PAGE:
UK Politics

Ken Livingstone: Tony Blair to blame for 7/7 bombings

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Media captionLivingstone 'blames Blair for 7/7'

Former London Mayor Ken Livingstone has been criticised for suggesting Tony Blair was to blame for the deaths of 52 people in the 7 July London bombings.

Mr Livingstone said on Question Time the then-prime minister ignored a security service warning that invading Iraq would make the UK a terror target.

Labour MP Mike Gapes called the comment "despicable", while Labour backbencher Ian Austin dubbed it a "disgrace".

Four suicide bombers targeted London's Underground and a bus on 7 July 2005.

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Media captionLivingstone challenged over 7/7 claims

Mr Livingstone, who is co-chairing a review of Labour's defence policy, said: "When Tony Blair was told by the security services, 'If you go into Iraq, we will be a target for terrorism', and he ignored that advice, and it killed 52 Londoners."

He added: "If we had not invaded Iraq those four men would not have gone out and killed 52 Londoners. We know that."

Comedian and former Labour political adviser Matt Forde challenged Mr Livingstone on his comments, saying: "This idea that you can absolve the people that killed those innocent Londoners by blaming Tony Blair is shameful.

"Blame it on the people who carried out the atrocity."

'Gave their lives'

Mr Livingstone, who was mayor at the time of the 2005 attacks, responded: "Go and look what they put on their website. They did those killings because of our invasion of Iraq.

"They gave their lives, they said what they believed, they took Londoners' lives in protest against our invasion of Iraq.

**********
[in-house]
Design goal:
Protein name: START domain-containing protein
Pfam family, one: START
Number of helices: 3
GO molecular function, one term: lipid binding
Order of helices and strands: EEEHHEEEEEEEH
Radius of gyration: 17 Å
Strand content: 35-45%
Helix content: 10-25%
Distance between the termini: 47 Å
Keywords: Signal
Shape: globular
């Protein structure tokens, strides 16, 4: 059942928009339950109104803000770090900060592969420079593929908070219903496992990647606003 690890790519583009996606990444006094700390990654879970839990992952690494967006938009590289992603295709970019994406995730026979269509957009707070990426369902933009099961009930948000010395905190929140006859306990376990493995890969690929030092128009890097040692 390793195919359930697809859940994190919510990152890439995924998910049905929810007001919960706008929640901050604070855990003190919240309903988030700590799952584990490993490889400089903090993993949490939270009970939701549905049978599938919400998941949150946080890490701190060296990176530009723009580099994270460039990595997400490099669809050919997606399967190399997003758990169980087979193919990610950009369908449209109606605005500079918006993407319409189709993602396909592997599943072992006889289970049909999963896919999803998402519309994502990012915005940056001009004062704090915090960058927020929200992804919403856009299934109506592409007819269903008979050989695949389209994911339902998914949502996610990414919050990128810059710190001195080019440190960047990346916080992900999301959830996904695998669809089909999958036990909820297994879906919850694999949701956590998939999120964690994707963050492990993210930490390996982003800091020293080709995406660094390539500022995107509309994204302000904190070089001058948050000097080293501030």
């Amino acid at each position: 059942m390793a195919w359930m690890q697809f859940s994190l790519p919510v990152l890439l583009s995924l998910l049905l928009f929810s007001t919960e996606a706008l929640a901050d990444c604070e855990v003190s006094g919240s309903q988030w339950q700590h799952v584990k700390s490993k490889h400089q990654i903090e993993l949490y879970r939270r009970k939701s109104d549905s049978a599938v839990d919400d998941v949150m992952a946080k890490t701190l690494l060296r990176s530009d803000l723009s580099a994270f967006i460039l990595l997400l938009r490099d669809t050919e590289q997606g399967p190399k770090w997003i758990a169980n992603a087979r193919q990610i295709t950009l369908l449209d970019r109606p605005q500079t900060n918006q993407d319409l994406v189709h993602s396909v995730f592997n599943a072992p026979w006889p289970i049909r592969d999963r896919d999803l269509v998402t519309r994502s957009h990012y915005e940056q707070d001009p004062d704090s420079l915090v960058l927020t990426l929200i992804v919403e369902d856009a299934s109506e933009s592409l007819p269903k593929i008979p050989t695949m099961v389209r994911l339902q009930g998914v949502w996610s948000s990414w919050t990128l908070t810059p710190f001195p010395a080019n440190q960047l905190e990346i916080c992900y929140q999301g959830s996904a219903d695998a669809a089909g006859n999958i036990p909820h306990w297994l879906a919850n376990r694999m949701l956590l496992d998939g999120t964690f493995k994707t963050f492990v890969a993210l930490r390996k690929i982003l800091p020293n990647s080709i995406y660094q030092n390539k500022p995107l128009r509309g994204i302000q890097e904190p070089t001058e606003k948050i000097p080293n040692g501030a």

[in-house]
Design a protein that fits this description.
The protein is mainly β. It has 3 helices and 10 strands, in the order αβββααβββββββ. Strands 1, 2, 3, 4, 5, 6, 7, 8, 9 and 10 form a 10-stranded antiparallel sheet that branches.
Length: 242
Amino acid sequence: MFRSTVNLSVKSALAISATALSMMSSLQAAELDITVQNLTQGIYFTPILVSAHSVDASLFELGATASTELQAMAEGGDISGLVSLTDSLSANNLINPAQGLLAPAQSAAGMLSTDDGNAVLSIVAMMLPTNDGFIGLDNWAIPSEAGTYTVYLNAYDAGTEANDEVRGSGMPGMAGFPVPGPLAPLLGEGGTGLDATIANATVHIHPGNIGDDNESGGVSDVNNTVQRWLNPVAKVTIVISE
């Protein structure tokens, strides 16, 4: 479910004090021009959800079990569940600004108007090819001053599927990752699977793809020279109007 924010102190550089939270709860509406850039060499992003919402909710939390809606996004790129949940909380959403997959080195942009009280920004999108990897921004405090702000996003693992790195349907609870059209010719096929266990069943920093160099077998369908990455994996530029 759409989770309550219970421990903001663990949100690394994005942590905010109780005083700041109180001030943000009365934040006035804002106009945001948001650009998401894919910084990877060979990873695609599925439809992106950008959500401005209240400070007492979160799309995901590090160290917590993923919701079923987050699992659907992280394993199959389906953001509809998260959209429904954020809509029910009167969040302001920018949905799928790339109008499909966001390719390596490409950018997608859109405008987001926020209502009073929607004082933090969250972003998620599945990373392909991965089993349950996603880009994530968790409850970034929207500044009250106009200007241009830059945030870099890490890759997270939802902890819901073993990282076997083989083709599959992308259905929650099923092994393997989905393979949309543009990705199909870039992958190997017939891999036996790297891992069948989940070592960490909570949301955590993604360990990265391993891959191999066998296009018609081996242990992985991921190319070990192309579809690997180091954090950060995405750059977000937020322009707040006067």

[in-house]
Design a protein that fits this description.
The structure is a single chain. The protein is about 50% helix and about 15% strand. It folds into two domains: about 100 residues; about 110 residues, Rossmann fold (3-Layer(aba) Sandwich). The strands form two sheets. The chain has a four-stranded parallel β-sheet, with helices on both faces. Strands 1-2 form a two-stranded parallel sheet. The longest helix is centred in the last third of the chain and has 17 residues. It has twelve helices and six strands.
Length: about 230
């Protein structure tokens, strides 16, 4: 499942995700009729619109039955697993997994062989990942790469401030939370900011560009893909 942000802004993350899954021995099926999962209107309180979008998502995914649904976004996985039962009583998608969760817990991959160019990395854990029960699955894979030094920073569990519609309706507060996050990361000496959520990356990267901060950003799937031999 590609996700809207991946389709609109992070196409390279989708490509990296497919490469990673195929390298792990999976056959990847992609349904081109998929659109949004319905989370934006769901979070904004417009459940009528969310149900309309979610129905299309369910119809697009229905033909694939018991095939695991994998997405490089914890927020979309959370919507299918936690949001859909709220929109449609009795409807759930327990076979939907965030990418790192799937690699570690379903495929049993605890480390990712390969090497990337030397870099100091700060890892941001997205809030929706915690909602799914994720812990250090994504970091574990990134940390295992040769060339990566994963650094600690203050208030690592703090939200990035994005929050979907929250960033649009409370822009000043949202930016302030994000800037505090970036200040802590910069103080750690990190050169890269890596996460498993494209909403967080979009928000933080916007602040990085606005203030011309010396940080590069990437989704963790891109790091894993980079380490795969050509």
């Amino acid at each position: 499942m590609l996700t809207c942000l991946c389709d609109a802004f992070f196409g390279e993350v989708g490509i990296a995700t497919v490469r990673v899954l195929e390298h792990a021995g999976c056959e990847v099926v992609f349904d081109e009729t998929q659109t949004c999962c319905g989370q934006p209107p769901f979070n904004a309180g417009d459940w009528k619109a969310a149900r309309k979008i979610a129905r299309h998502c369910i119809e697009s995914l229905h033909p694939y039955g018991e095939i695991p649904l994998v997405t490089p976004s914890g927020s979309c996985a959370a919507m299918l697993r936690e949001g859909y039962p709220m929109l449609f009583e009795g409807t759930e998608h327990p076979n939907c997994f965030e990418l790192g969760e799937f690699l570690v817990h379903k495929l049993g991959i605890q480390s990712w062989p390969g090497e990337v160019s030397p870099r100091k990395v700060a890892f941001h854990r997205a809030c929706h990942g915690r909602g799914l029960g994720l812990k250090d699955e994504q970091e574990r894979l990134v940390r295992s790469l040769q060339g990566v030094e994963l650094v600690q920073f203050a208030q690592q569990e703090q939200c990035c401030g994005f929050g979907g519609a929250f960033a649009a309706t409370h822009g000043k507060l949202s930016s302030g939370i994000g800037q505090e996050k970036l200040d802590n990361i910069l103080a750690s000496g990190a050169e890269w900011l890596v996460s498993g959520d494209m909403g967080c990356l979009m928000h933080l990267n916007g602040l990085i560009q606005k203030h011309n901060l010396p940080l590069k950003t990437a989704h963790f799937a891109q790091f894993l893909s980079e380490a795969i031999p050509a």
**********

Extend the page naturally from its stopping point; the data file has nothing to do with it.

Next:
"And we were lied to by Tony Blair about Iraq, there were no weapons of mass destruction."

Conservative Cabinet Office minister Matt Hancock, who was also on the panel, said Mr Livingstone was letting IS and other violent militant groups "off the hook" while Kate Andrews, from the Adam Smith Institute, said he was "accepting their excuses".

A number of Labour MPs criticised the comments, John Woodcock tweeting that "no-one has the mandate to side with suicide bombers".

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Image caption The 7 July attacks on a bus and three London underground trains killed 52 people and injured hundreds more

And Mr Gapes said Mr Livingstone had "sunk to a new low", claiming his comments amounted to saying "terrorism is never the fault of perpetrators".

A Downing Street spokesman said it was up to Mr Livingstone to justify his comments, stating that "it almost goes without saying that the prime minister does not agree with them".

Mr Livingstone, who is a member of Labour's ruling National Executive Committee, caused controversy recently when he suggested a Labour MP who had criticised his appointment as co-convenor of the party's defence review needed "psychiatric help".

He subsequently apologised for the comments but only after being told to do so by leader Jeremy Corbyn.

The UK joined the US-led invasion of Iraq in March 2003, despite failing to secure a second UN resolution justifying the use of force.

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